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Who will be the Redskins' top players on defense in 2019?

Who will be the Redskins' top players on defense in 2019?

It is the season for looking into the future, both to the 2016 season and beyond.

Let’s look at the Redskins three years from now. Who will still be here? Which players will be top performers? Here’s a possible snapshot of the team going into training camp in the year 2019. Yesterday we looked at the offense and today it's the 2019 defense.

To define the terms here, a blue chip player is one who is one of the top four to six players in the league at his position, is a consistent Pro Bowl caliber performer and at least occasionally gets All-Pro consideration.

A solid starter is also known as a red chip player. The team is happy with his level of play and is not looking to upgrade, These players are below the elite level but firmly in the top 10 or 12 at their positions. These players perhaps make an occasional visit to the Pro Bowl.

Potential starters are exactly that, players who could be starting in three years or who could be on the bench or playing elsewhere. Even if they are starting in Washington the team may be on the lookout for an upgrade.

Potential blue chip players: Josh Norman, Preston Smith
Solid starters: Ryan Kerrigan, Su’a Cravens, Bashaud Breeland
Potential starters: Kendall Fuller, Matt Ioannidis, Junior Galette, Will Compton

Norman and Smith are both projections. The cornerback seems to be more of a sure thing, although he has performed at a high level for only about a season and a half. We know how that past performances don’t guarantee future returns for Redskins free agents. Smith is more of a stretch but he has displayed the potential to be a star.

Kerrigan will be 31 by the time the 2019 season starts. There is no reason to think he will be washed up by then, although the team may start looking for an eventual replacement in the draft.

Breeland works hard and keeps improving. It looks like his ceiling will be as a consistent starter but perhaps he could break through to the next level like Norman did.

Cravens will have a lot to learn but once he gets established in a role he should be a valued member of the defense.

Fuller could turn out to be in essence a second first-round pick for the Redskins if he can stay healthy. With the defensive line in flux, Ioannidis will have a shot at establishing himself this year.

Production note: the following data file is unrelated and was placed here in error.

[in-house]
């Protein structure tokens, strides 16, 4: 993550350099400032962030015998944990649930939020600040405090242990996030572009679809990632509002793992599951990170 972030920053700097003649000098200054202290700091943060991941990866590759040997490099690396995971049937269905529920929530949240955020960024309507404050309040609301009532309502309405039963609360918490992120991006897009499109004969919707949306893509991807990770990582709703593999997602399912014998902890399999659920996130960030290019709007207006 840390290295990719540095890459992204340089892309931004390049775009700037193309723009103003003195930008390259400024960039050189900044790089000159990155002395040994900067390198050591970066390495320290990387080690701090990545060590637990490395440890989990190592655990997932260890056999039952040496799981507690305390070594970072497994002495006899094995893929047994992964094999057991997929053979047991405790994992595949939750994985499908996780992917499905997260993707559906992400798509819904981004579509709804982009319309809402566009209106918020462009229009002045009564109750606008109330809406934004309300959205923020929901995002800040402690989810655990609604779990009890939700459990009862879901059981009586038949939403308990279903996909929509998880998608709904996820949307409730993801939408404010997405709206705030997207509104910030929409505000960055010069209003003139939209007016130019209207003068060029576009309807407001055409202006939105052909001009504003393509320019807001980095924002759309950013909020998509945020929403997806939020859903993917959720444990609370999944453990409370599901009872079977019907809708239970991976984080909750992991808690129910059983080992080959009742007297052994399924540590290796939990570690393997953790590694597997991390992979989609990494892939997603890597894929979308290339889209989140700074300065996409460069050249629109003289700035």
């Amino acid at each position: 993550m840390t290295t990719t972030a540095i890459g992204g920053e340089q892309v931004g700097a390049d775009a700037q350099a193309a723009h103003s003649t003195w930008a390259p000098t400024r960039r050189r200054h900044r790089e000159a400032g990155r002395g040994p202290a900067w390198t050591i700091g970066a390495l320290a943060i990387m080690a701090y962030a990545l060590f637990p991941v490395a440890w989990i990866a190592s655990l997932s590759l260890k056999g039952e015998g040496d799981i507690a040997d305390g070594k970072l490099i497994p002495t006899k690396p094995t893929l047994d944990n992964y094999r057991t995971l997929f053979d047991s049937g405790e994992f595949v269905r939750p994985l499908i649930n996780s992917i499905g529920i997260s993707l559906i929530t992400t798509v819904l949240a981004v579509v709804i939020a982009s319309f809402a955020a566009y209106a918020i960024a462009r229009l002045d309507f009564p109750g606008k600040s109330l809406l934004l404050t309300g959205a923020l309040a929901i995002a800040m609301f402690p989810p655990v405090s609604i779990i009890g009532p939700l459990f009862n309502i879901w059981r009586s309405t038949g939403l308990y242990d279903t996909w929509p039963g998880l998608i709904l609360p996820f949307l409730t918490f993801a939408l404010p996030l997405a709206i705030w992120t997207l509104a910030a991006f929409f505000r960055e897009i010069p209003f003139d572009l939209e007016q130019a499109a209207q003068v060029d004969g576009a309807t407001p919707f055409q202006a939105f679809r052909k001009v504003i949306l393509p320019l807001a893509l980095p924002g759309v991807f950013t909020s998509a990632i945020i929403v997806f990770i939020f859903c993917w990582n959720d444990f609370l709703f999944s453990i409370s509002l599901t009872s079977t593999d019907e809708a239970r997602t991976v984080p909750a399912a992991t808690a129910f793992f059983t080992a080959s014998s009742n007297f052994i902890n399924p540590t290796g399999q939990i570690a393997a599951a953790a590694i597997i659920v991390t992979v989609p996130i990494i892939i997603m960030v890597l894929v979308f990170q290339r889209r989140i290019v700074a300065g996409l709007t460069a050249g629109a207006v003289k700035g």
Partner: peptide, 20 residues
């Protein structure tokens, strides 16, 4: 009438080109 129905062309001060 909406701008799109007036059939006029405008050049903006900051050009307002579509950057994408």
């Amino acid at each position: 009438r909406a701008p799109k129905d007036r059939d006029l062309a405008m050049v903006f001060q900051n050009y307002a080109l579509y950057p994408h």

For the first time in his career Compton enters the season as the starter. He has been taking on a leadership role as the defensive signal caller. The third-year player had his ups and downs last year and the organization will need some more evidence to determine if he is the long-term answer at Mike linebacker.

Galette may be a near-blue chipper in 2019, when he will be 31, or he might not be on the team. He’s on a one-year contract and if he plays well will the Redskins be able to pay him the premium contract that a star pass rusher commands? Smith will need a new contract by 2019 and between him and Kerrigan there will be a lot of money tied up in pass rushers. If Galette plays just OK, will the Redskins want to move on?

Of the other key performers on defense now, the one I might have included as a potential starter is Chris Baker. He will turn 32 early in the 2019 season. But he didn’t play much early in his career and he could have a lot of miles left.

Contract status

Of the players listed above, Norman, Kerrigan, Cravens, Fuller, and Ioannidis currently are under contract through the 2019 season. Galette will be an unrestricted free agent and Compton will be a restricted free agent after the 2016 season. The contract of Breeland expires after 2017. Following the 2018 season the team will need a new deal for Smith.

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Need to Know: With 10 draft picks, the Redskins are ready to deal

Need to Know: With 10 draft picks, the Redskins are ready to deal

Here is what you need to know on this Tuesday, April 24, two days before the April 27 NFL draft.

Timeline

Days until:

—Redskins rookie camp (5/12) 17
—Redskins OTAs start (5/24) 29
—Training camp starts (7/27) 93
—Redskins opener vs. Eagles (9/10) 138

Let’s make a deal

Even though the Redskins have 10 picks going into the draft, Scott Campbell, the team’s college scouting director, said that they will still be open to making deals to add more.

Washington has one pick in each of the seven rounds plus additional selections in the fourth, sixth, and seventh rounds. Campbell said that the team will be happy to add picks if the right deal is on the table. He is not concerned about having too large a draft class competing for a limited number of competitive roster spots.